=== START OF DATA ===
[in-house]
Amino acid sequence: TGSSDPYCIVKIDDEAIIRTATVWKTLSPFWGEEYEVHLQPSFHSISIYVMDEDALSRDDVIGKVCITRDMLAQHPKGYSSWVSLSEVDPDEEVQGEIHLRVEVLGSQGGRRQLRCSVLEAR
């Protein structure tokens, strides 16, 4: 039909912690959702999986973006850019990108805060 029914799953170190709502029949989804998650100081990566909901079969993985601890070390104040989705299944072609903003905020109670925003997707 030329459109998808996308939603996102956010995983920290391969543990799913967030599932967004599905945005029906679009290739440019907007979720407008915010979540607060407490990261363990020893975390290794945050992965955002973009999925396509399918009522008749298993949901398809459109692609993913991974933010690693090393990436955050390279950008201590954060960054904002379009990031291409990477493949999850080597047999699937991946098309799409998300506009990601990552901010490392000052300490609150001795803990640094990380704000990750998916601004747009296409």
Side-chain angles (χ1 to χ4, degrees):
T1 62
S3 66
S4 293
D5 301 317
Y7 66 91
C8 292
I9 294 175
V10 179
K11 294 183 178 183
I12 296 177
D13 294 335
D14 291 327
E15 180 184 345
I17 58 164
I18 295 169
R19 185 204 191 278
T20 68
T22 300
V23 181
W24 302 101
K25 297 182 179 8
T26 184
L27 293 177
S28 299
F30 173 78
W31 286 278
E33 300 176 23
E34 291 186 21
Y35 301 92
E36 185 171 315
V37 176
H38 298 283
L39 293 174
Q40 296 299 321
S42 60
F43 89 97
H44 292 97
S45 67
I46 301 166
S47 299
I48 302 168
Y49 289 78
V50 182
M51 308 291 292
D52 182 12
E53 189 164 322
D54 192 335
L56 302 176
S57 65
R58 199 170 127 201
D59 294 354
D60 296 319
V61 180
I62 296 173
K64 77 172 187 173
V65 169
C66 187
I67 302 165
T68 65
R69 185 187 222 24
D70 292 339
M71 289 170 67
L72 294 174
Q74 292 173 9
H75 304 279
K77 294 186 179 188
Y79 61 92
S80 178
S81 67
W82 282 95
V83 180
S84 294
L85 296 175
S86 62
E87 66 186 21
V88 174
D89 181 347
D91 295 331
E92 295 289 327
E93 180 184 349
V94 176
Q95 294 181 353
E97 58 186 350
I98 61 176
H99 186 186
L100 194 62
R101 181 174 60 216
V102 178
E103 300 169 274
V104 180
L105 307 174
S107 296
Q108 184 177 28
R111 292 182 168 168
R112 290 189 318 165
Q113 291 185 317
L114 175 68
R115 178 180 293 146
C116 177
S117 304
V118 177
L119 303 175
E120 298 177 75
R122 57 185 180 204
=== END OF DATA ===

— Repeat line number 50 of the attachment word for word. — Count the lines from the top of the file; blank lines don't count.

E53 189 164 322